Flying an airplane on your own takes years of study and supervised experience. If you are fortunate enough to be in a position to purchase your own plane, you will also need to file the appropriate registrations and documents with the Federal Aviation Administration (FAA). Since such a great deal of personal responsibility is required to own and operate an aircraft, it is logical that forms and documents would be involved.
Knowing the correct FAA documentation is just as important as knowing a flight plan, as both are required for you to get off the ground. By having an understanding of which forms you need to file with the FAA, as well as alternative pathways for doing so, you can maximize your time in the cockpit.
The Role of the Federal Aviation Administration
Founded in 1958 as a part of the Federal Aviation Act, the FAA serves to regulate civil aviation in the United States. Working under the Department of Transportation, the FAA promotes safe aviation practice and maintains a registry of all US aircraft.
The FAA also plays a sizable role in managing aircraft traffic. By keeping the skies orderly, disastrous accidents can be avoided and aviation can be enjoyed safely by all. The agency also helps drive innovation in the field of aeronautics by doing valuable research. Though it may seem like a hassle to submit your FAA paperwork, it is important to remember that they represent a noble cause and ultimately serve you as a pilot and aircraft owner.
Registration, Renewal, and Other Forms
As an aviator who owns your own aircraft, you are likely familiar with FAA paperwork. From your initial registration to your registration renewals every three years, chances are you have seen no shortage of FAA documents. Maybe you have needed to de-register a plan, change your address, or navigate a claim of lien–regardless of the circumstances, if an event happens with your aircraft, the FAA will want to know about it.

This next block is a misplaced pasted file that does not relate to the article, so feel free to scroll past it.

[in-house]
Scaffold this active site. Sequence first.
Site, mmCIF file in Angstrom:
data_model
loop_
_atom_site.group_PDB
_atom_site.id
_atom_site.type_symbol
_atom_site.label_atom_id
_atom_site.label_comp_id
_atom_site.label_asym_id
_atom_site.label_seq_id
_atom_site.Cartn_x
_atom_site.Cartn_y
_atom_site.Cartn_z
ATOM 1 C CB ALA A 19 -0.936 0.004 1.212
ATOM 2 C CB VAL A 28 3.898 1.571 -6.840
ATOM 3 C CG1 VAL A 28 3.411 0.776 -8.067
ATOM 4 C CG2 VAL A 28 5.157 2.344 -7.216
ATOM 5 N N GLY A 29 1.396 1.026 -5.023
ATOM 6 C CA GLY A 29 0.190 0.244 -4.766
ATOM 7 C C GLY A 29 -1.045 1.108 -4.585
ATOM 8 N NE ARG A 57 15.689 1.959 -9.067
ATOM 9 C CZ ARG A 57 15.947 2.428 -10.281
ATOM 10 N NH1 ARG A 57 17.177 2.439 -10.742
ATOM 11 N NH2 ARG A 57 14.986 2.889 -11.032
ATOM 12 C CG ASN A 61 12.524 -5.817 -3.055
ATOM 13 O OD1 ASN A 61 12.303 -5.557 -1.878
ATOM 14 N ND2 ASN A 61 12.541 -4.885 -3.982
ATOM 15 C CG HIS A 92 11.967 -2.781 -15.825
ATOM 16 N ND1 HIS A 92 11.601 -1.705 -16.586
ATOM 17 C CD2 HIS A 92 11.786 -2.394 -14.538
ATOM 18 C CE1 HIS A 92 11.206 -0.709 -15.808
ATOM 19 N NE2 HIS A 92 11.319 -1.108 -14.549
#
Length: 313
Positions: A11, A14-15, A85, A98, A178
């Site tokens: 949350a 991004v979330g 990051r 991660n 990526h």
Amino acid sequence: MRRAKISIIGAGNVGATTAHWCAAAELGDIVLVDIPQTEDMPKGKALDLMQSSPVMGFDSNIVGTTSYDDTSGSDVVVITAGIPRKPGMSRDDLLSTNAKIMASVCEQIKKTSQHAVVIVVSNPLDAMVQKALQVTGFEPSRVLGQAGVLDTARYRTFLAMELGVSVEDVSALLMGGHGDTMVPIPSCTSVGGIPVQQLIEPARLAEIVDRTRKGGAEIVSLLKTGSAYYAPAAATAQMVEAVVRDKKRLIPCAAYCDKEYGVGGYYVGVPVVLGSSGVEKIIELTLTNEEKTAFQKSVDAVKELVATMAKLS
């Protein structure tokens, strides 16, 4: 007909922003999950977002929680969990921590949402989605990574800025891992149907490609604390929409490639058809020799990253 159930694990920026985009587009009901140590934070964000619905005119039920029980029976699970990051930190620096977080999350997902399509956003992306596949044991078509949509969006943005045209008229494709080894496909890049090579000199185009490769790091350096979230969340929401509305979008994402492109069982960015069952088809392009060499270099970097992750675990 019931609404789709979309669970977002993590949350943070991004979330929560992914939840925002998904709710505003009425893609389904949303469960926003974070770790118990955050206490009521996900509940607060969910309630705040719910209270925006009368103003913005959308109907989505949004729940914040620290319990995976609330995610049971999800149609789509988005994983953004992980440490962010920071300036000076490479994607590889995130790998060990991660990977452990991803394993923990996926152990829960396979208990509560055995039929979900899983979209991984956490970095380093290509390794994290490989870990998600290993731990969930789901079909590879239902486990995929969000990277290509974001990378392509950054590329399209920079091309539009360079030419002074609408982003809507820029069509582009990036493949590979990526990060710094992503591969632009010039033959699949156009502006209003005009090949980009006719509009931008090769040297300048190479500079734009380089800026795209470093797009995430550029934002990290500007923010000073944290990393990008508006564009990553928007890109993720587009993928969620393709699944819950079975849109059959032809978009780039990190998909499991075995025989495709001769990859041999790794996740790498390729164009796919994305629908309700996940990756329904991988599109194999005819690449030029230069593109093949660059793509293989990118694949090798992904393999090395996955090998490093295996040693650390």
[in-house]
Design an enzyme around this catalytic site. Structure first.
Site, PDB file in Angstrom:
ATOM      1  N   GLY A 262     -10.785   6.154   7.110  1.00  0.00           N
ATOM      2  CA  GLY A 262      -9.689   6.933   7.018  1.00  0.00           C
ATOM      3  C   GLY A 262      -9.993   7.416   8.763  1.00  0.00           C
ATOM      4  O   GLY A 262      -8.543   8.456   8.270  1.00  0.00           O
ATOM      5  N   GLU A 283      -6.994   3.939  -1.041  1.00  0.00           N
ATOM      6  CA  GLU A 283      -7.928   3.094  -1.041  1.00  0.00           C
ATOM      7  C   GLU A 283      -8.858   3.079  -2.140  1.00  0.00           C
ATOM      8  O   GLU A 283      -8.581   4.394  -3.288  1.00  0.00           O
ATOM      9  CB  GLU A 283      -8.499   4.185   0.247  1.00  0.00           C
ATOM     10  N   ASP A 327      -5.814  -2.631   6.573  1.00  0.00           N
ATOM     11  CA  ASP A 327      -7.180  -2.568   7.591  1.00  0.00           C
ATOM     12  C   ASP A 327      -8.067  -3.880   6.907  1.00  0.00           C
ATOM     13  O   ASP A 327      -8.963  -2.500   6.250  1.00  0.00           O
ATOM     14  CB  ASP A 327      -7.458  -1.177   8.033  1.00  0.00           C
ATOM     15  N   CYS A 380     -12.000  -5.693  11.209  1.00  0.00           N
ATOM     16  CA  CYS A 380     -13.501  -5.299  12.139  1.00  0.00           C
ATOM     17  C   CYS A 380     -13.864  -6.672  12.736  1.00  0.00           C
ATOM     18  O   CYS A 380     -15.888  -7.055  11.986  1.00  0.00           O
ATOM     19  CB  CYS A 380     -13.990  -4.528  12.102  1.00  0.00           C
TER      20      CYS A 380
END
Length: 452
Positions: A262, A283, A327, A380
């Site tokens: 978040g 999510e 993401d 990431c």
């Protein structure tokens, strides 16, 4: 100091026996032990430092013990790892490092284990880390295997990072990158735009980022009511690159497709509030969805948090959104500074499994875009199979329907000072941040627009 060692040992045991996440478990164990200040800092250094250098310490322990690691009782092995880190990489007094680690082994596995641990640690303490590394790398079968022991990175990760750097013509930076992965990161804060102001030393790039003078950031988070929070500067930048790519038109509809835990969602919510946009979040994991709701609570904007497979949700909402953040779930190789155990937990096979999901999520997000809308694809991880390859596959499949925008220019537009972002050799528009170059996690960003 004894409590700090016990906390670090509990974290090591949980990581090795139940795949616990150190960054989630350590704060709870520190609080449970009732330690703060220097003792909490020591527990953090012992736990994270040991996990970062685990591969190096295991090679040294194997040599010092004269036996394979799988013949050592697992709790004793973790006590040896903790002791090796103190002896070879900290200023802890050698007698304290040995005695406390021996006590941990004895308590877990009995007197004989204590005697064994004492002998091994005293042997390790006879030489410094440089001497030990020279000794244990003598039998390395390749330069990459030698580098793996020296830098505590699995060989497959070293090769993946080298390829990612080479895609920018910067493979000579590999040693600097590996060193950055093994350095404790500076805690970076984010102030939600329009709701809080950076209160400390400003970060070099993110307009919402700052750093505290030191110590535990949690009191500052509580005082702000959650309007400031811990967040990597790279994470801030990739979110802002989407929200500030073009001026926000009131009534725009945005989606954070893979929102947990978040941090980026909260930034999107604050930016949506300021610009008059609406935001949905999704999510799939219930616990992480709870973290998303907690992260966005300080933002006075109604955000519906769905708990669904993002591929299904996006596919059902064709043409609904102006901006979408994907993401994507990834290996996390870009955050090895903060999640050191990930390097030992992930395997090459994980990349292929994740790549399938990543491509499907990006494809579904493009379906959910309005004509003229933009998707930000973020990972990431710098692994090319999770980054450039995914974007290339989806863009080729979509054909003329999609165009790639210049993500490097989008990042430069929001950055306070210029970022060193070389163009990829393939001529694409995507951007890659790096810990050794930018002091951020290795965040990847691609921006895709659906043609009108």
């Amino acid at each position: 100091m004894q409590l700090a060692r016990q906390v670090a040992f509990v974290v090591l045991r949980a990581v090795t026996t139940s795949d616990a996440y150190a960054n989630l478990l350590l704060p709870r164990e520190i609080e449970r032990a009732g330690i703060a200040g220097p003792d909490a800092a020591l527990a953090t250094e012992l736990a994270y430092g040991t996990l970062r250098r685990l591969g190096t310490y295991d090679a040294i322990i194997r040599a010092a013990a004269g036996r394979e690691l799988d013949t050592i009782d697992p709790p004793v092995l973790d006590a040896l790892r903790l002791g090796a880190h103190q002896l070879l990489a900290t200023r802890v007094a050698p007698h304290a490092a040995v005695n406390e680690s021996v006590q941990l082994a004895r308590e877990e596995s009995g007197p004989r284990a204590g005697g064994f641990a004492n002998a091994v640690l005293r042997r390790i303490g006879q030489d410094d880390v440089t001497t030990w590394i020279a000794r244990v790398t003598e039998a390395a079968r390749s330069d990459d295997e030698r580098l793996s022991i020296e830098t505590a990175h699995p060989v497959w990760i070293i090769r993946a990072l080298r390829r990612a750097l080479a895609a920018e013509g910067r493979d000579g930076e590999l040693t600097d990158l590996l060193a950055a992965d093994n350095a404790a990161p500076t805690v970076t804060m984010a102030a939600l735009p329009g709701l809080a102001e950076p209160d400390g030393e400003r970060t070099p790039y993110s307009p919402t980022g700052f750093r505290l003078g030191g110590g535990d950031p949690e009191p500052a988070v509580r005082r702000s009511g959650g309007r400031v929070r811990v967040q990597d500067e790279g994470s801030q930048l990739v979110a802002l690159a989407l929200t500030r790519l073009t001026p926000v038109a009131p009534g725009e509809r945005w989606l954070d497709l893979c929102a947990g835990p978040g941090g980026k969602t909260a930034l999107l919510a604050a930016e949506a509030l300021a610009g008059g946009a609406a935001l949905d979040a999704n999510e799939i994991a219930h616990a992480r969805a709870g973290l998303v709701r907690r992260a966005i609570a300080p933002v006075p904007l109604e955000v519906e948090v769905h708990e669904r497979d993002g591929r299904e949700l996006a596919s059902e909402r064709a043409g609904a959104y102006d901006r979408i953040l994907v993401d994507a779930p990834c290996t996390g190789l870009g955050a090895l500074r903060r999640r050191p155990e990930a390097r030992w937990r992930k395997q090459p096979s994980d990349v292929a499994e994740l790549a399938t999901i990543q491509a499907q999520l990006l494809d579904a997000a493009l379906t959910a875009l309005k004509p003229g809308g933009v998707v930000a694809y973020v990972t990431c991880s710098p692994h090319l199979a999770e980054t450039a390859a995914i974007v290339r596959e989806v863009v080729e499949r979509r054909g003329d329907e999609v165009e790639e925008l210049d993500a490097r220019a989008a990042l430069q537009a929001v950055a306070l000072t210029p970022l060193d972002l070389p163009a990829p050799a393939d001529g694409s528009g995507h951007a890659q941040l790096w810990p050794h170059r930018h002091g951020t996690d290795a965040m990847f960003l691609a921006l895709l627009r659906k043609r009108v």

The FAA does make these necessary forms available to you, and renewal information is mailed directly to your address of record. Unfortunately, printing out documents, filling them in with ink, and trying to make it to the post office during business hours can present logistical challenges. The good news, however, is that there are alternative options for submitting your FAA documentation.
A Simpler Way to Submit Documents
At the National Aviation Center, our aim is to help you spend less time with paperwork and more time in the skies. Take a minute or two to explore our website and you will see what we offer helpful, easy-to-fill forms for all of your FAA documentation needs. Whether you are registering a plane for the first time, or your paperwork needs are a bit more evolved, our convenient one-stop website has the solution. Consult with one of our knowledgeable customer service representatives today to learn more about our SSL-encrypted portal and get any questions you may have answered.